>Baker City Herald | Baker County Oregon's News Leader

Baker news NE Oregon Classifieds Web
web powered by Web Search Powered by Google

Follow BakerCityHerald.com

Baker City Herald print edition

view all Baker City Herald print publications »

The Baker City Herald is now online in a Replica E-edition form and publishes Mondays, Wednesdays and Fridays. Current subscribers have full access to the E-edition.

View Paper

If you are not a current subscriber, subscribe today for immediate access.

Subscribe


Recent article comments

Powered by Disqus

Home arrow News arrow Local News arrow Boil order remains in effect

Boil order remains in effect


By Jayson Jacoby

This e-mail address is being protected from spam bots, you need JavaScript enabled to view it

Officials from Oregon’s Drinking Water Services are weighing two primary factors in deciding when to end the recommendation that Baker City residents boil their tap water to protect against cryptosporidium infection.

One factor is the results of water samples taken on Sunday, said Kari Salis, a technical service manager with the Drinking Water Services office in Portland.

Officials expect to receive those results later today.

The second factor is whether new cases of infection are being reported.

Reporting of new cases is vital because it is a possible indicator of crypto persisting in the city’s water, Salis said.

Alternatively, if water samples are negative for crypto, yet people continue to be infected, that would suggest the parasite is being spread by other means, which can be a major problem with crypto, Salis said.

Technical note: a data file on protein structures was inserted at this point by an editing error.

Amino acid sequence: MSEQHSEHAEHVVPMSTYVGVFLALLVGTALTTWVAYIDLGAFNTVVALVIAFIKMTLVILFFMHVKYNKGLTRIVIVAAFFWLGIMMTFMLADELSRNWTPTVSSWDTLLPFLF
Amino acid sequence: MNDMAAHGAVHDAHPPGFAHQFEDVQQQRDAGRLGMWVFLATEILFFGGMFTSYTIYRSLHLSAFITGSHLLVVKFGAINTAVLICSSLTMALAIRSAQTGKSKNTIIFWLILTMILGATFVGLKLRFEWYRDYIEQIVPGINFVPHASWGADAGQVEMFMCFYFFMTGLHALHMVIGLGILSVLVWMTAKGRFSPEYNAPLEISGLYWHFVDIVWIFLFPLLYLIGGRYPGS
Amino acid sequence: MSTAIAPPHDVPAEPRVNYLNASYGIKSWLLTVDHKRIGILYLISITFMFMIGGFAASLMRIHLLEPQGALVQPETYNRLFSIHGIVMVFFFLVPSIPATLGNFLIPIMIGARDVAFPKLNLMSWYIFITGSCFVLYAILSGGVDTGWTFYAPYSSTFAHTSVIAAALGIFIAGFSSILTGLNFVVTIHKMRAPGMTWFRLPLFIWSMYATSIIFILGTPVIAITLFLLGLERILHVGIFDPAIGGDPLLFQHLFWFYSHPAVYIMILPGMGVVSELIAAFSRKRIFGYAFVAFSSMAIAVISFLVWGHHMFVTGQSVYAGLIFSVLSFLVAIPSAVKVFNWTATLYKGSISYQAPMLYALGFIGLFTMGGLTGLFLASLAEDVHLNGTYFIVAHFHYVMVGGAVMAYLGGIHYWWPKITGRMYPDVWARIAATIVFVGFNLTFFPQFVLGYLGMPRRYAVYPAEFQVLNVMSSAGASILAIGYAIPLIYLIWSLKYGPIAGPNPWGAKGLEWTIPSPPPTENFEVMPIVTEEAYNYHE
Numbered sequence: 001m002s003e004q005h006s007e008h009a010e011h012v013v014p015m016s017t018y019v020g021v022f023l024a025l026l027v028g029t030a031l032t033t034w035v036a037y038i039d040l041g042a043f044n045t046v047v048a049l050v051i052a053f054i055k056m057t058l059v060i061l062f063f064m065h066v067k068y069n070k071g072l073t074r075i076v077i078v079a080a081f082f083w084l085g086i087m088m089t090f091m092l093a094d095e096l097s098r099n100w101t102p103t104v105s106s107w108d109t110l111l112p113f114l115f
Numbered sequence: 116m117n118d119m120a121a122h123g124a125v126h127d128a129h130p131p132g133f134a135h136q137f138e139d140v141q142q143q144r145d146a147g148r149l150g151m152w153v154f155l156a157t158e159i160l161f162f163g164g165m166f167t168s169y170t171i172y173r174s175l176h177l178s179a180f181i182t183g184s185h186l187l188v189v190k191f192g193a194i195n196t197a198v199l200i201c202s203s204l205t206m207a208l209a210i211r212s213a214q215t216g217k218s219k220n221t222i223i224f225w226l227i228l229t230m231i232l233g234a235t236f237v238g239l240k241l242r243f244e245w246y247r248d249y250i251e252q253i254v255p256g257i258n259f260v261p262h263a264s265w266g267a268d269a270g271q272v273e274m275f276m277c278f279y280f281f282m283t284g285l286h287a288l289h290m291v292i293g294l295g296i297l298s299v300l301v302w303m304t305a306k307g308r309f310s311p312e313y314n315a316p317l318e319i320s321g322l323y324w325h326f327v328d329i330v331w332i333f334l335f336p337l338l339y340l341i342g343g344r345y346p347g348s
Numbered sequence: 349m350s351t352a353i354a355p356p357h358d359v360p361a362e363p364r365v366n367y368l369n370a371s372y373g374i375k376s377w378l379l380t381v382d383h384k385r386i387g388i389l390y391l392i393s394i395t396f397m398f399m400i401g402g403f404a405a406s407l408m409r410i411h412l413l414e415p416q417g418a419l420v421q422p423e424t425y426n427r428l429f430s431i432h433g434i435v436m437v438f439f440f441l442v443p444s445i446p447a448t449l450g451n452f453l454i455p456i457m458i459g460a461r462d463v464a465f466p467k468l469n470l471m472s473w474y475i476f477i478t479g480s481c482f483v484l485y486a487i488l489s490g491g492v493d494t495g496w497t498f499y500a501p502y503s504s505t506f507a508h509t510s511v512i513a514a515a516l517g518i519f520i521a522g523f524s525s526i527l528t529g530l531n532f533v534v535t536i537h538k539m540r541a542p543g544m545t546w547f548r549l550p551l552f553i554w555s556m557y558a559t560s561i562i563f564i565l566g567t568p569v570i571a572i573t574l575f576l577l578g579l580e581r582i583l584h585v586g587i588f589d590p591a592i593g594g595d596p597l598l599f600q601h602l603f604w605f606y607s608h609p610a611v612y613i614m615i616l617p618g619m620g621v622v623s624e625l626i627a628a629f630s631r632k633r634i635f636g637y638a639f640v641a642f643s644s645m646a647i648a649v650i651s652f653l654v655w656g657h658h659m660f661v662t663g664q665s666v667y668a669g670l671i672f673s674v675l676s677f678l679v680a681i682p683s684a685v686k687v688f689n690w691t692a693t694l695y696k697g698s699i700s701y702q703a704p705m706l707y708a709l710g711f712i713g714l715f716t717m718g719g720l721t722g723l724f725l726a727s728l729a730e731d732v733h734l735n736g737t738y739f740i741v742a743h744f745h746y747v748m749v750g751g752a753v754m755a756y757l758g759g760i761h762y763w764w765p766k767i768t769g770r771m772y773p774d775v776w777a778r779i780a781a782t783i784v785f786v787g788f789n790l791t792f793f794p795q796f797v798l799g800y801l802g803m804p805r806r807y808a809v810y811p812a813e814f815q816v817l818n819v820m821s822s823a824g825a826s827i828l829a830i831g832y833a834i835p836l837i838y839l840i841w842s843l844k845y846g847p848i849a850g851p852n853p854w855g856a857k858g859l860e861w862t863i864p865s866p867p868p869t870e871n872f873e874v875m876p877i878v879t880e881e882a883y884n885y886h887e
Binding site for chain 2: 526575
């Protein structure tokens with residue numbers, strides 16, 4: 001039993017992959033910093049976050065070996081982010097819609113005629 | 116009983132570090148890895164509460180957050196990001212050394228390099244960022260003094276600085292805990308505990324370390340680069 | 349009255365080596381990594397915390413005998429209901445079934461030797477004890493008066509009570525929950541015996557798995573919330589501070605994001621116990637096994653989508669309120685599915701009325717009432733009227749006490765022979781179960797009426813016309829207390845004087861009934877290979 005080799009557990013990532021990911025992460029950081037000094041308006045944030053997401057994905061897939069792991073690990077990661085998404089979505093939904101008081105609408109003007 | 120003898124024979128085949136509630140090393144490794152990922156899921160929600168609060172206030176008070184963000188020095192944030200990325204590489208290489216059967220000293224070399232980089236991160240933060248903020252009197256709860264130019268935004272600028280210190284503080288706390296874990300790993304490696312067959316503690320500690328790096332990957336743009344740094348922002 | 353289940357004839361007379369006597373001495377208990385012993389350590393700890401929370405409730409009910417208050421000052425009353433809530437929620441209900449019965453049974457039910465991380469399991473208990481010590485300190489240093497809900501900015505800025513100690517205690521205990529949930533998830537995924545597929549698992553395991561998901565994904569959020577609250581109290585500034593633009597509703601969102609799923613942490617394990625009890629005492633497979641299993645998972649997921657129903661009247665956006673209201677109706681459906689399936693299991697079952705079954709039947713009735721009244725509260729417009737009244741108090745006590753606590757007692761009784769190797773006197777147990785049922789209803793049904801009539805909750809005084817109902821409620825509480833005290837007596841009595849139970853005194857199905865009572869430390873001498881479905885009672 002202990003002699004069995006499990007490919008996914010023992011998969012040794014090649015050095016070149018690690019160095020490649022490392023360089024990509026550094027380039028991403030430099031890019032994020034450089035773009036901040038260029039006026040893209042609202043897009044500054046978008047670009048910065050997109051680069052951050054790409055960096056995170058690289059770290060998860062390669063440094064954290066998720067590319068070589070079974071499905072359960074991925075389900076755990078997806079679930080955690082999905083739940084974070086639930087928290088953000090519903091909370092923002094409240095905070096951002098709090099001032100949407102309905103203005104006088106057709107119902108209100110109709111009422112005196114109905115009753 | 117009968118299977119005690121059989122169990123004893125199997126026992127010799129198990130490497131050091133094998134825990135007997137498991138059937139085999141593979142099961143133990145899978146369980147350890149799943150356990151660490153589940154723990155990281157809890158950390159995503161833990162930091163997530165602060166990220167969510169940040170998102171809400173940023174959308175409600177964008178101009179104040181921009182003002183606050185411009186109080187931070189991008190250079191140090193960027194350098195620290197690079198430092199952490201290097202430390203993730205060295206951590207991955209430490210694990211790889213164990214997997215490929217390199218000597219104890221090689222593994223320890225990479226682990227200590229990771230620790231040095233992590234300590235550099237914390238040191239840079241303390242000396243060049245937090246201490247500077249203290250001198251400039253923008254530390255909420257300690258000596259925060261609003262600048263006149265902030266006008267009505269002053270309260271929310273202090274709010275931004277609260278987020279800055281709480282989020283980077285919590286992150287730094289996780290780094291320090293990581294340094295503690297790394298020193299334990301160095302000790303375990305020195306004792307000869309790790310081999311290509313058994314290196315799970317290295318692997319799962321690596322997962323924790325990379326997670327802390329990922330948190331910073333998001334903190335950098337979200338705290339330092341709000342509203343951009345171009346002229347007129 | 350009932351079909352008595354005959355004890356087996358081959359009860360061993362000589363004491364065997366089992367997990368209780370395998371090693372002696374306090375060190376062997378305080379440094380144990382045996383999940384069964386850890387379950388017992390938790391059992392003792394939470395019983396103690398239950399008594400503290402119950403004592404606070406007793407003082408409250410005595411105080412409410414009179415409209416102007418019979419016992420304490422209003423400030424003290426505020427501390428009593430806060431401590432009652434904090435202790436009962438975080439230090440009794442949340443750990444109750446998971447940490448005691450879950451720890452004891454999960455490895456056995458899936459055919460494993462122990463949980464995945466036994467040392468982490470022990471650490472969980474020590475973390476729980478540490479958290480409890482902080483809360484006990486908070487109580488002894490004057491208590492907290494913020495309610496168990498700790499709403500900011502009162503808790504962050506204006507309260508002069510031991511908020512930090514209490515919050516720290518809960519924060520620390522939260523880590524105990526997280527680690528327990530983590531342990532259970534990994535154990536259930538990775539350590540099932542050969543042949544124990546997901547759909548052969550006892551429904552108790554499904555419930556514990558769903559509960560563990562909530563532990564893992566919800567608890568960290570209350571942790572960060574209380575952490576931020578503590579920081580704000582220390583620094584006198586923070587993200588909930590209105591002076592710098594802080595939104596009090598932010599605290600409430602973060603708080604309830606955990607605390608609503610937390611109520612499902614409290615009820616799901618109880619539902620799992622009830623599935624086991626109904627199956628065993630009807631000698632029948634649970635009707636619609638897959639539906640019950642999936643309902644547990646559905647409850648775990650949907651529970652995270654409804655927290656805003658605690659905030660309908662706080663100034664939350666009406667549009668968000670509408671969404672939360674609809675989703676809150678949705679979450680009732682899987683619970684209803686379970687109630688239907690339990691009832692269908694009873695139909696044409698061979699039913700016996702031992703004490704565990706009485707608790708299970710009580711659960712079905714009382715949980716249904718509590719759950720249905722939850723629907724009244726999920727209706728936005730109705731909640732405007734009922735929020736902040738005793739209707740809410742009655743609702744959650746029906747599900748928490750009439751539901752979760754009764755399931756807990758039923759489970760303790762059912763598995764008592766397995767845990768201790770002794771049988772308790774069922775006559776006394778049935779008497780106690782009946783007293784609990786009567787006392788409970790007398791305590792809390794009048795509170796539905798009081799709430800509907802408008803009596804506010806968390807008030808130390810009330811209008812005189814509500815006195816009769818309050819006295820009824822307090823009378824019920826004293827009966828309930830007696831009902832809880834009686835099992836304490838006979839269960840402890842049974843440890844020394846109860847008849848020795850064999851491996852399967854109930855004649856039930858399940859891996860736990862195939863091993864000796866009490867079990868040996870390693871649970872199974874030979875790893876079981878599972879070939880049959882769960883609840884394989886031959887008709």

In any case, she urges residents who have the symptoms typically associated with crypto infection — watery diarrhea that lasts for more than a day or two, painful stomach cramps, weight loss, nausea and possibly a low-grade fever — to at least report their symptoms to a doctor.

State officials have asked doctors  to pass on such reports, and to recommend patients submit stool samples for lab testing, Salis said.

“Although the initial onset of this outbreak was likely due to the water, secondary infection is also a common problem,” she said.

Salis said the state issues boil orders for drinking water somewhere in Oregon “a couple of times a month” on average.

Most of those last no more than a couple of days, she said.

Baker City’s boil order was issued the morning of July 31.

Salis said the city’s routine tests of both untreated and treated water during July showed levels of coliform bacteria well below the threshold for concern.

Those tests — the city collects 10 samples per month — would not detect crypto, but are instead an indicator of fecal contamination, Salis said.

Crypto is spread in feces, both animal and human.

 
blog comments powered by Disqus
News
Local / Sports / Business / State / National / Obituaries / Submit News
Opinion
Editorials / Letters / Columns / Submit a letter
Features
Outdoors / Go Magazine / Milestones / Living Well
Baker Herald
About / Contact / Commercial Printing / Subscriptions / Terms of Use / Privacy Policy / Commenting Policy / Site Map
Also Online
Photo Reprints / Videos / Local Business Links / Community Links / Weather and Road Cams / RSS Feed

Follow Baker City Herald headlines on Follow Baker City Herald headlines on Twitter

© Copyright 2001 - 2014 Western Communications, Inc. All rights reserved. By Using this site you agree to our Terms of Use